Once our respective places vis-à-vis the cosmos are acknowledged, the Almighty might give another kind of answer, one that still manifests his eternal wisdom and our lack thereof, but one that is perhaps a bit gentler, more enlightening. Going back to Laura’s case, He might say: “Do you not know that I foresaw this illness coming? Was it by chance, then, that she returned to her faith and the sacraments of the Church just a few months before the cancer first struck? Was her full recovery not My doing, and did I not grant her an abundance of grace these past two years, so she could endure the latest news with more peace and trust, and with much less fear of death than before? How do you know why I gave her the gift to produce sacred art? If I wanted her to adorn your monastery with a parting gift, am I not free in My generosity to do so? Would you delay her most profound happiness if I choose to call her home now? I do not take people ‘before their time,’ for I am the Lord of time and eternity. Are you perhaps worried that she will suffer, that you will suffer? That is for you to place in My hands, for in My will alone will anyone find strength, peace, wisdom, and happiness. And don’t be too sure that I won’t work a miracle, either, for I’m very good at those. I also choose to test people’s faith and trust, so that they can be perfected, purified like gold. Whatever happens, you will know that I am the Lord.”

Make the application in any situation in which you may be contending with the Almighty. You may have no idea what the Lord’s answer to your struggle or pain is at this moment, but start by trusting that there is one.

We have to realize that, like Job, when we contend with the Almighty, we don’t really know what we’re talking about. God doesn’t mind (and even welcomes) our honest prayers and cries and questions, but He also expects us to listen. He expects us to realize that since it was He, not we, who created the heavens and makes the eagles soar, He does have a perspective on things that we just might have missed. And He has the power to change things, to deliver from evil, to heal, and best of all, to grant eternal life and happiness to those who put their trust in Him, even if that trust seems to fly in the face of the best of human arguments.

So, even though I may do so again in the future, I’m not contending with the Almighty now, but I am submitting to his holy will, keeping my eyes fixed on Jesus, accepting whatever good He wills to bring out of whatever situation. It’s not easy, for any of us, and some have extremely heavy crosses to carry, intolerable sufferings that only faith and grace can make endurable and fruitful. Even then, submission, not contention, is the only response that brings peace and hope. Oh, that our eyes would be opened the same way they’re going to be opened when the gates of Paradise swing wide for us! When the very things we suffer now will be wrought anew into crowns of glory and rejoicing! When agony is transformed to ecstasy, when there will be no more crying or pain, for the former things have passed away!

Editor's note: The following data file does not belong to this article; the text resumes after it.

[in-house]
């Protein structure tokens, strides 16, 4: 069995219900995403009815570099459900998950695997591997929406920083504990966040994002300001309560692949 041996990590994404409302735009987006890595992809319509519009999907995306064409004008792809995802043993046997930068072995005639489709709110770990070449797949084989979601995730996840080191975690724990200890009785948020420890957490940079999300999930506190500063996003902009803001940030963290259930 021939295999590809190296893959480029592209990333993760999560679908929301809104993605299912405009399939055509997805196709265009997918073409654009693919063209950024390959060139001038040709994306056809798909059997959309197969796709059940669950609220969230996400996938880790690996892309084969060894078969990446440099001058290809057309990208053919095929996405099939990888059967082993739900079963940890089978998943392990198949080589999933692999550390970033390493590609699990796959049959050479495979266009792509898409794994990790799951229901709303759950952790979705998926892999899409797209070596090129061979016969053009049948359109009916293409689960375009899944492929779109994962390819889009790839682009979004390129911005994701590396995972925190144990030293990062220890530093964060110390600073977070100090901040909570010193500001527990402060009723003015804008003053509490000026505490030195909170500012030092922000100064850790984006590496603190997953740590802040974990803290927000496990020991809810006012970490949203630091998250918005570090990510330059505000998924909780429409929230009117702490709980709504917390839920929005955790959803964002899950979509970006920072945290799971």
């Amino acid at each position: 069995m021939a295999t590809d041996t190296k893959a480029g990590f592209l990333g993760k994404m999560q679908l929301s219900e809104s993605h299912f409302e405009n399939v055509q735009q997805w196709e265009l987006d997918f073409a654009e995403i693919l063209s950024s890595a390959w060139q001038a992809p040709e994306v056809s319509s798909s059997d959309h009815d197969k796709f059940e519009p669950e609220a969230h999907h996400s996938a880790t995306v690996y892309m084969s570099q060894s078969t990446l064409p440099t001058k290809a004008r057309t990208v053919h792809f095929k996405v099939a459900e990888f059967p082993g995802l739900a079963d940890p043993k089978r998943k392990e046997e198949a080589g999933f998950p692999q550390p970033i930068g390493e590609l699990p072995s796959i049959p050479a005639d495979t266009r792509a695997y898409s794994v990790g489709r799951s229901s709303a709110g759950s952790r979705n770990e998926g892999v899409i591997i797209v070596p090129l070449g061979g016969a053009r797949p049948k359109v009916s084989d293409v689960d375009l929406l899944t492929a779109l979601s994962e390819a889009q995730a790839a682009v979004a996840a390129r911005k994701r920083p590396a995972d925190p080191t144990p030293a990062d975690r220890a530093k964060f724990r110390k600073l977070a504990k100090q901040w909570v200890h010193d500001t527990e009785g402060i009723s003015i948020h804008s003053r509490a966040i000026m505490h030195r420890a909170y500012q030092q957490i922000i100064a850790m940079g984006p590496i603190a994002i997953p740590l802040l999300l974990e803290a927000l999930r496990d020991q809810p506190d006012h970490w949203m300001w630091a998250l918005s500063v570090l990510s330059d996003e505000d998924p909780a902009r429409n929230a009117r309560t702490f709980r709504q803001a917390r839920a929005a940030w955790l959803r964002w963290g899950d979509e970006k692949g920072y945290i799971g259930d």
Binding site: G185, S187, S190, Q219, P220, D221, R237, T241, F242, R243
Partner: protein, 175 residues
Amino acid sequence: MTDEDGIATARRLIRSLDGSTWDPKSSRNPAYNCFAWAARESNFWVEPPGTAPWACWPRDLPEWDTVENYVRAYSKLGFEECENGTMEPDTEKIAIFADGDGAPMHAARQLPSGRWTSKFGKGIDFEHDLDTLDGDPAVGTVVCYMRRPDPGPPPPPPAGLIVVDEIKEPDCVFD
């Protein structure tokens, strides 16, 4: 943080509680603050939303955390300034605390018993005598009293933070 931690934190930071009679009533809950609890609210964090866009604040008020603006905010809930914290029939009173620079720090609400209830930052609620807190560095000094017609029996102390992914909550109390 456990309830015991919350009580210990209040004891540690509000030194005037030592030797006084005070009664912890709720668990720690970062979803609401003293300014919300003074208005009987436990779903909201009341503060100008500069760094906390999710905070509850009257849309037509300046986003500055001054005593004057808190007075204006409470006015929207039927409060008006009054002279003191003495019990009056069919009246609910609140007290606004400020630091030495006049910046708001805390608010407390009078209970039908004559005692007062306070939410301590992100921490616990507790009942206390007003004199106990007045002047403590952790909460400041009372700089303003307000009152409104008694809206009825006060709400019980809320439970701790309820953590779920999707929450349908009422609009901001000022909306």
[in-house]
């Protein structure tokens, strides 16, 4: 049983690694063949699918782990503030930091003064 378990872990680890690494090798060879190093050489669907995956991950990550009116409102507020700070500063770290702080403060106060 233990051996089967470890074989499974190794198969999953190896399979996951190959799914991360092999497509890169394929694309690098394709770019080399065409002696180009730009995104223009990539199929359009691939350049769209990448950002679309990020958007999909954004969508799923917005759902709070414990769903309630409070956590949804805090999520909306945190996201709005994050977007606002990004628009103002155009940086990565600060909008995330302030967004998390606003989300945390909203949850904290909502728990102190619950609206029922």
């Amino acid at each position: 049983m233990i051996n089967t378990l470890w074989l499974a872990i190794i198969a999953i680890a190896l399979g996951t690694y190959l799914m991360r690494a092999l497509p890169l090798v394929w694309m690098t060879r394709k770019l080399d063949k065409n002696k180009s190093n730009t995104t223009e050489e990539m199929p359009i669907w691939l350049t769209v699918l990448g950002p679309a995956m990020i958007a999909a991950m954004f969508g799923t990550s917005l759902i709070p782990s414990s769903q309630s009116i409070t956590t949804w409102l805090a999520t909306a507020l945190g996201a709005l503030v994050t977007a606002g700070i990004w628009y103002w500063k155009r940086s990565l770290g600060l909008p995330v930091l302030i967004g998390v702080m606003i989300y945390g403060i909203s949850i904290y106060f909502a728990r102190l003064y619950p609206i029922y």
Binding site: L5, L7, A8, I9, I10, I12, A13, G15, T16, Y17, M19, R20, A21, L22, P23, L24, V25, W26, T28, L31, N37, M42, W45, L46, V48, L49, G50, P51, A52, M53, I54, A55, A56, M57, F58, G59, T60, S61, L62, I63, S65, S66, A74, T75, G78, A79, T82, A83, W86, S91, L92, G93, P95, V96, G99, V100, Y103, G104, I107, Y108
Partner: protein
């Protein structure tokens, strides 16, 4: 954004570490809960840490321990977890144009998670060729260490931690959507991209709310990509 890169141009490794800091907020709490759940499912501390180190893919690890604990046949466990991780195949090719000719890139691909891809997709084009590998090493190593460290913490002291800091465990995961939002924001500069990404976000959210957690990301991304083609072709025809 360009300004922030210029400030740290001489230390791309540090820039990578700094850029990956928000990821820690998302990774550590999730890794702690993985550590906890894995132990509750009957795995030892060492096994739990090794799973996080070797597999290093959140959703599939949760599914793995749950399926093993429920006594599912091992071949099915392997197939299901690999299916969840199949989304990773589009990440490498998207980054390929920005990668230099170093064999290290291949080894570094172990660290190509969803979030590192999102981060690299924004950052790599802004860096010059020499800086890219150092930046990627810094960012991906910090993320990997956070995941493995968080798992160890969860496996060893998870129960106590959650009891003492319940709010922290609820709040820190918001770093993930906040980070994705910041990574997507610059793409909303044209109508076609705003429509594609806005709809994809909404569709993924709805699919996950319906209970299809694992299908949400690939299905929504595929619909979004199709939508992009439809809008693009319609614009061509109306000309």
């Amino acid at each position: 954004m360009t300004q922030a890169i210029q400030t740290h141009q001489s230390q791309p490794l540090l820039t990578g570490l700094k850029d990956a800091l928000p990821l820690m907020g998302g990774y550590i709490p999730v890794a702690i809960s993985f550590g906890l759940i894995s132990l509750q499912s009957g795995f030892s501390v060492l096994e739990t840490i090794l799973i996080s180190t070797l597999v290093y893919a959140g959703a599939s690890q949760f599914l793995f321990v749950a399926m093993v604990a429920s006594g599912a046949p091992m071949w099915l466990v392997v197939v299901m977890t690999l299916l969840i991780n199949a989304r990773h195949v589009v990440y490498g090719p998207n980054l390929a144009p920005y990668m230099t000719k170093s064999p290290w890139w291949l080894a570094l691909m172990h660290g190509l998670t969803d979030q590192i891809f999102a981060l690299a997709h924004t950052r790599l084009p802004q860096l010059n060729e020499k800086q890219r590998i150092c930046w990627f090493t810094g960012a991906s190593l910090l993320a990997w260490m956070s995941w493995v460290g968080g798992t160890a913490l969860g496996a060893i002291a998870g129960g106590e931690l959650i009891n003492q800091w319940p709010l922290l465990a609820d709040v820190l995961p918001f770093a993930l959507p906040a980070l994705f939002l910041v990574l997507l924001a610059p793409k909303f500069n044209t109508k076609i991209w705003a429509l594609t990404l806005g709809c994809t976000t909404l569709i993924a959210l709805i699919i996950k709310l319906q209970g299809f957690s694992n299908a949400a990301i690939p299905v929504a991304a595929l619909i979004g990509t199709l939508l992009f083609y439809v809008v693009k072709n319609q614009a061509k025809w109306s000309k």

Yes, the Almighty, the one with the lightning bolts and the hard lessons. We’ll sit on his lap and He’ll stroke our hair as He reminds us that it was always about love, about perfecting his image in us, about making all things new. He was patiently awaiting our “yes” to the necessary trials, drawing forth our trust while in the crucible of earthly exile, as his angels were busy preparing our everlasting home.

There’s a reason He knows everything and we so little. Rather than hearing us insist He tell us, He’d like us to put our hand in his. Don’t contend, cooperate. Don’t rage, but say “Thy will be done.” The day of the Opening of Eyes is coming. Quiet for now. The Lord is near, bringing the peace that passes understanding. You can cry on his shoulder, it’s OK. He will carry you on those same shoulders to the house of glory He has chosen for you since the foundation of the world. Amen.